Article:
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Buddhadharma : Fall 2013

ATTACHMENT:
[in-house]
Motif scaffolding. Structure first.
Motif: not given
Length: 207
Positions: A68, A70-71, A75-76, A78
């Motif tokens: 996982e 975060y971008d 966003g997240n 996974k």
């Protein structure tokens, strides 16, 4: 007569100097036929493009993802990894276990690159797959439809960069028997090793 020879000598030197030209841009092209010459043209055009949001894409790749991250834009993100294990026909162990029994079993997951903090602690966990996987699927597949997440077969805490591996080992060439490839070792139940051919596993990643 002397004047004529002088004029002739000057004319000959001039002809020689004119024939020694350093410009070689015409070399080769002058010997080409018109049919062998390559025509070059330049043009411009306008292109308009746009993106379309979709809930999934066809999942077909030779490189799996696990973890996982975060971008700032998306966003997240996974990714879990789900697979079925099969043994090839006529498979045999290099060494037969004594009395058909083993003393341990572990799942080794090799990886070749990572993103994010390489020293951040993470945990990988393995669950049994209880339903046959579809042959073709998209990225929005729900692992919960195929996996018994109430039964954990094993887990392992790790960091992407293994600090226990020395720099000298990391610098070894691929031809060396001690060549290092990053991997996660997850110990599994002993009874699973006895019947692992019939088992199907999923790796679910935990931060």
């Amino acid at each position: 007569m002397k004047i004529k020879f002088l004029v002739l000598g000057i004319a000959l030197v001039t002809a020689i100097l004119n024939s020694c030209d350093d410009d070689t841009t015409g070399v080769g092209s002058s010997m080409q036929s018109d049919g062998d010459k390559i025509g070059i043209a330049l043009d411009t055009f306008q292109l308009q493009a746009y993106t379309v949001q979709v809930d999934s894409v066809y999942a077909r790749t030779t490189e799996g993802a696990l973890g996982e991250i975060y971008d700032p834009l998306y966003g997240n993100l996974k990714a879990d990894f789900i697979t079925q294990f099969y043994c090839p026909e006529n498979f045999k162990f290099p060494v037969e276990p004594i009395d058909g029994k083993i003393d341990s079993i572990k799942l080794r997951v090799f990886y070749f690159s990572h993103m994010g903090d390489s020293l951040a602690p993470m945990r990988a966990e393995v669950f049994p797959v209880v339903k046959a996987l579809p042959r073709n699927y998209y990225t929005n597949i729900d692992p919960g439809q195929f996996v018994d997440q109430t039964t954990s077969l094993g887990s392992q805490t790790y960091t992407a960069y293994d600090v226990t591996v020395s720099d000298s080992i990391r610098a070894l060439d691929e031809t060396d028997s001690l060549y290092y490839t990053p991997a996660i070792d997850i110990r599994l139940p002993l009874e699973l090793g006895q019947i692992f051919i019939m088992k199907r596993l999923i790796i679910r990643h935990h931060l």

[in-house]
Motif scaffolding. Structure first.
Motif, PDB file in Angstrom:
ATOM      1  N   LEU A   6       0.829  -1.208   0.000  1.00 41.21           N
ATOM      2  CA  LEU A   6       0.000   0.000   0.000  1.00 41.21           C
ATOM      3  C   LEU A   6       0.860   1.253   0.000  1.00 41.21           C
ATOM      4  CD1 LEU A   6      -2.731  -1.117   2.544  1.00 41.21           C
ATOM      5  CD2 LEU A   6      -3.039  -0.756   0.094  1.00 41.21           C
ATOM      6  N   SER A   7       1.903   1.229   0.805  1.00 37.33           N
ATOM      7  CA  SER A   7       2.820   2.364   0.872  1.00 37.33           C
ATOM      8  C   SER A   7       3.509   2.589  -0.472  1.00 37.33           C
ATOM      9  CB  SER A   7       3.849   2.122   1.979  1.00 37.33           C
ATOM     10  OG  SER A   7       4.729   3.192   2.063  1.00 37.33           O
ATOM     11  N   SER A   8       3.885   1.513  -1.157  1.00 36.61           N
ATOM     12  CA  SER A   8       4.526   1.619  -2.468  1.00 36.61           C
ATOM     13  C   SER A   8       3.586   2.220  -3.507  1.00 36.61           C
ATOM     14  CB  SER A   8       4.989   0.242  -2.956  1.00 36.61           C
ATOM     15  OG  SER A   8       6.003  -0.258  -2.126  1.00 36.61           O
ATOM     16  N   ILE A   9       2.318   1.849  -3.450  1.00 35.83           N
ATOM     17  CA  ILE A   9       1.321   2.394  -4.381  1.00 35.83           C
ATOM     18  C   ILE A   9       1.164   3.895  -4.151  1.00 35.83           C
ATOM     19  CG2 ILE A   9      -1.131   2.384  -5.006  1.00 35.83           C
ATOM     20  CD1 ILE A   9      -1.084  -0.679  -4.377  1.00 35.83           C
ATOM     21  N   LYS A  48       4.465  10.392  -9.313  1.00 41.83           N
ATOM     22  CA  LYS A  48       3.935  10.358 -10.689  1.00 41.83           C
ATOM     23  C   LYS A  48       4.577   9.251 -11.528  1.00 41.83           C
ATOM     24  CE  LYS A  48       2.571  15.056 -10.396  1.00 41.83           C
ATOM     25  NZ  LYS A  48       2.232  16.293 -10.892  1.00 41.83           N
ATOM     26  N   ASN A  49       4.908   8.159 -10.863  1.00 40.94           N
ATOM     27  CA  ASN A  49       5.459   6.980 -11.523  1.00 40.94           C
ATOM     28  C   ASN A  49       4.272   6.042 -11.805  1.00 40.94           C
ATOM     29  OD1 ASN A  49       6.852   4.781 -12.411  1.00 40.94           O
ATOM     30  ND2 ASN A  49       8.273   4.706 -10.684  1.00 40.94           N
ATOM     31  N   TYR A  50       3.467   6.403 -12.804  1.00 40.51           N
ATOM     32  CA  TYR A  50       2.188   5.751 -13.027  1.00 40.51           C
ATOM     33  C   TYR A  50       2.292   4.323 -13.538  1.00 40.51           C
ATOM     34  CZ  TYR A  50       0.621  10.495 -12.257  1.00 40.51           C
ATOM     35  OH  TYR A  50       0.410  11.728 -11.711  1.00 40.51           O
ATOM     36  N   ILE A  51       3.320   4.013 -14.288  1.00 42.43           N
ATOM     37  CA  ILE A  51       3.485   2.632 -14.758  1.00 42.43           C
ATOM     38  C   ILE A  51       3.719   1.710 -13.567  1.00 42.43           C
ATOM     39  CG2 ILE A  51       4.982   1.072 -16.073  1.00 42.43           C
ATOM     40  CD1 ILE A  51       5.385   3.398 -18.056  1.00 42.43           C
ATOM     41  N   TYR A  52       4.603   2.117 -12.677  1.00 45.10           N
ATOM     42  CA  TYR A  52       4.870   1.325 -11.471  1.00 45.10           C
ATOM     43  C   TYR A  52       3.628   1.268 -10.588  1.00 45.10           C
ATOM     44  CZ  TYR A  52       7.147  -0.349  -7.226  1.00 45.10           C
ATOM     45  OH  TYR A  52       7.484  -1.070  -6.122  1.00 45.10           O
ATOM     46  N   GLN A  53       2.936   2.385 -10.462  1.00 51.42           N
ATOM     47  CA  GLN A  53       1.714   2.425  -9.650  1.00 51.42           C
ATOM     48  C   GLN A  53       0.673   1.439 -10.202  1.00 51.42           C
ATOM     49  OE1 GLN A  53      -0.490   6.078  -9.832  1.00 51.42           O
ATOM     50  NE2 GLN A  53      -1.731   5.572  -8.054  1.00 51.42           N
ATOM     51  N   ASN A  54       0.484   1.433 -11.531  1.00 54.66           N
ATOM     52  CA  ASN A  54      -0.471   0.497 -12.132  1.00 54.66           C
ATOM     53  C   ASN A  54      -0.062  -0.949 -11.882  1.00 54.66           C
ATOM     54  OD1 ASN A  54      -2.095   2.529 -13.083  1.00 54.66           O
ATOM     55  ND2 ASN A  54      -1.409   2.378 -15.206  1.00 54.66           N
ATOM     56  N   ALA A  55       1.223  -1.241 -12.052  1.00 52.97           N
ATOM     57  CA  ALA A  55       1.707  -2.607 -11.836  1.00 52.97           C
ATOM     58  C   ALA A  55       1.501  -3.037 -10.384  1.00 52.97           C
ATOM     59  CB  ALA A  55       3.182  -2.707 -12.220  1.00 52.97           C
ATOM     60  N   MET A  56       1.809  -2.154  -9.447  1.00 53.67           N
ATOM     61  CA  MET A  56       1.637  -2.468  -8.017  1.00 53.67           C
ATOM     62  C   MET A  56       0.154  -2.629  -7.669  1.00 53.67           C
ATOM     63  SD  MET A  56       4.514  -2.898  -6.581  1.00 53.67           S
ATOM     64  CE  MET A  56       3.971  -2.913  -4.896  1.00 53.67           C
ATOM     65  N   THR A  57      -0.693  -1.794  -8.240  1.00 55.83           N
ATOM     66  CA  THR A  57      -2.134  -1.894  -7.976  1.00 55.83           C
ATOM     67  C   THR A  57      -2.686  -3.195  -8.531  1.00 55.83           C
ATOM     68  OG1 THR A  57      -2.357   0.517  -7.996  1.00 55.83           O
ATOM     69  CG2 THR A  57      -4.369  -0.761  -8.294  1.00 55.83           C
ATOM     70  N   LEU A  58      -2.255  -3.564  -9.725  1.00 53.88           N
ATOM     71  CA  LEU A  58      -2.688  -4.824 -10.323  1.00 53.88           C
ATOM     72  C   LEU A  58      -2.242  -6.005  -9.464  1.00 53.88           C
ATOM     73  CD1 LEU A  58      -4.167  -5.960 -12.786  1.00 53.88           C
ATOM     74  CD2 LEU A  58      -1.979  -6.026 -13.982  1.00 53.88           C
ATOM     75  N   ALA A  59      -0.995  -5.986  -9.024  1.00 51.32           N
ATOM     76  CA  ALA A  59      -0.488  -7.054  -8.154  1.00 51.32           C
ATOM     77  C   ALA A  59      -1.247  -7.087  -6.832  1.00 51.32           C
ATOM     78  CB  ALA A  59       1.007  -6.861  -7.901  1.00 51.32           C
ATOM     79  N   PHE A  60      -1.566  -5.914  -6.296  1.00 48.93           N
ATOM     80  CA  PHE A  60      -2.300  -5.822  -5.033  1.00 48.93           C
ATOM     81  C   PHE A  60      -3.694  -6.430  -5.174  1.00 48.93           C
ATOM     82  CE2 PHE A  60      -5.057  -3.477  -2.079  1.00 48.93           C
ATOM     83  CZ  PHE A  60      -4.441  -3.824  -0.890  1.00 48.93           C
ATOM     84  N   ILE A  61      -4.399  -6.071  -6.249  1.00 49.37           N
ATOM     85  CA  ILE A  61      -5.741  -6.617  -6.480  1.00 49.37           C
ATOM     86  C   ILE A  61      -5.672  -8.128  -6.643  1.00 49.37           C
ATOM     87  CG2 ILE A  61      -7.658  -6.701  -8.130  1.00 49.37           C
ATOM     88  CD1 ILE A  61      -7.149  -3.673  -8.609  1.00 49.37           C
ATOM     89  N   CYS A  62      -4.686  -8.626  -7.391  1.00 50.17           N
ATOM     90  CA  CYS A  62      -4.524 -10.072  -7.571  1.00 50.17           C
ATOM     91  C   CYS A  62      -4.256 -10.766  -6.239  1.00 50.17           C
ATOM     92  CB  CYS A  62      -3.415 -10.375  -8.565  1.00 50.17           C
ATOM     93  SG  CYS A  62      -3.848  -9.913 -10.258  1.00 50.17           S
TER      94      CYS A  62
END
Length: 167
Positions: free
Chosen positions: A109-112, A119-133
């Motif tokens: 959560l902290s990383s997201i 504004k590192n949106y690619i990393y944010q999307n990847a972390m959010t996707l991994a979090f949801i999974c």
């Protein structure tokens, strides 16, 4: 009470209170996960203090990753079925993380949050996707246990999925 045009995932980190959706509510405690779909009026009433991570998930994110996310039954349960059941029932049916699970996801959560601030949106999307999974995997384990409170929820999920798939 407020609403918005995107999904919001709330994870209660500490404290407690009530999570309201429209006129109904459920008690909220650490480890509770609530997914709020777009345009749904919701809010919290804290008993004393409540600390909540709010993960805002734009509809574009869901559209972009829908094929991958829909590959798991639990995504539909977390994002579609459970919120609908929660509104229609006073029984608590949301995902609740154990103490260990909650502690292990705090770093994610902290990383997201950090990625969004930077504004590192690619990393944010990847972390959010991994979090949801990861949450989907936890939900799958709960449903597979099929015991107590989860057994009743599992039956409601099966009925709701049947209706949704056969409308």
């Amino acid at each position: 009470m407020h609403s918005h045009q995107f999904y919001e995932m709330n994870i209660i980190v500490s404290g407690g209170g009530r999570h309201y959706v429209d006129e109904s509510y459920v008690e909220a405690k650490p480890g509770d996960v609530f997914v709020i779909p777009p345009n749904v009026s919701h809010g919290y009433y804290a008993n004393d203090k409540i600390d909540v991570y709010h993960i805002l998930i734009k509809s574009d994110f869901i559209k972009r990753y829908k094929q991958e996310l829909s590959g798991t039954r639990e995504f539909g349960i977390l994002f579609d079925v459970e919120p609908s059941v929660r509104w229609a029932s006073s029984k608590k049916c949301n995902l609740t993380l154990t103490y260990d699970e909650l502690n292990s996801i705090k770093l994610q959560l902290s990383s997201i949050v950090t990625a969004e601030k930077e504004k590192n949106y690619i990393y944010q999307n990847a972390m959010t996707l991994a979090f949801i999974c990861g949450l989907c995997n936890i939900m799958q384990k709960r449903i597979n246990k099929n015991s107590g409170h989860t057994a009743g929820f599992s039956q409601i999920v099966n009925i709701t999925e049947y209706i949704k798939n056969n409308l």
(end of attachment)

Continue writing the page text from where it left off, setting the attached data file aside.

FALL 2 0 1 3 BUDDHADHARMA: THE PRACTITIONER’S QUARTERLY 33 On the Vajrayana level, the neuroses them- selves become sanity. Sanity is discovered in the midst of neuroses—we do not see neuroses on the surface and buddhanature as some kind of basic ground. Neuroses are neuroses because we perceive them that way. The moment we perceive them as something resourceful and wholesome, they are no longer neuroses. They become some- thing totally different. If we use the analogy of the rope again, the moment we discover it is not a snake but a piece of rope, we discover it for what it is. According to the tantric tradition, neurosis is just mismanagement of our energy. We do not realize what that energy is and mismanage it, so that energy bounces back on us in a self-defeat- ing process. Is emptiness an intelligent emptiness? Definitely, because the emptiness aspect of mind is indistinguishable from luminosity, which means it is not a vacuity of some kind. People tend to think of emptiness as a vacuity, especially because both Buddhism and Hinduism talk so much about deconceptualizing your mind. However, emptiness here does not mean some kind of vacuity that renders the mind as nothing. It is more like a no-thing, because mind is not a thing. It is luminous. If it were a thing, it would be a solid mass, like a table, and there would be no intelligence whatsoever. Emptiness provides the ground for luminos- ity to take place. Emptiness is the one flavor. It is because of emptiness that we cannot make a distinction between subject and object. There are no distinctions there. The phenomenal world is also seen as the union of appearance, or presence, and emptiness. “Appearance” is a funny sort of word. It means some kind of surface thing, but with something else called “reality” that is behind it. “Presence” is a much better word. Something is present- ing by itself, whose essence is emptiness. What appears is the phenomenal world, but it is empty because it has no real substance. Some kind of interaction or dance is taking place continuously between the individual and the world. The individual person is not a static thing. We are continuously evolving, spiritually and psychologically, because there is the goal of attaining enlightenment. On the objective side, the world is not a static thing either. Continuous change is always taking place. It is a dynamic process, and that dynamism is due to the fact that the phenomenal world is empty. Because it is empty, it is able to change and be in a con- stant flux. Change is not regarded as something pejorative; it has a positive connotation as far as Buddhism is concerned. Hindus talk about lalita, or “cosmic dance.” The dance between the phe- nomenal world and the individual is like that. Critical analysis of all this is done on the Mahayana level. On the Vajrayana level, we do not need to analyze the phenomenal world at all, in some sense. We just look at the world as it is presented rather than analyzing it so much. In many ways, the tantric approach is very anti- intellectual. In fact, it is totally experiential. If we intellectualize about it too much, we will go into the world of fiction again. We might be able to construct a theory out of that, but we will not see the whole thing as it is. There is no substance at all as far as the phe- nomenal world is concerned. We can look at a thing and see that it is changing all the time and has no substance to it. At the same time, the insubstantiality of the phenomenal world is not regarded as something bad. It is just the real nature of the world. It is how the world is. It does not take much of an intellectual exercise to discover that. Even physicists have discovered that a table is not the way it appears. The tantric notion about indivisibility of subject and object is that the world and the subject are not presented to us as subject and object at all. We’re the ones who decide where subject ends and object begins. It is a conceptual construction. How real is the rope in the analogy of the rope and the snake? We might argue that emptiness is more real than appearance. We might say the table is not real because it changes its form and disintegrates, while the emptiness of that table is more real. But we cannot make that distinction. This is what the tantrikas are saying. The emptiness of the table and the table are indivisible, and if we do not see it that way, it is due to our own ingrained hab- its. It is merely the compulsive tendency to see a rope as a snake. Normally, if we see the object as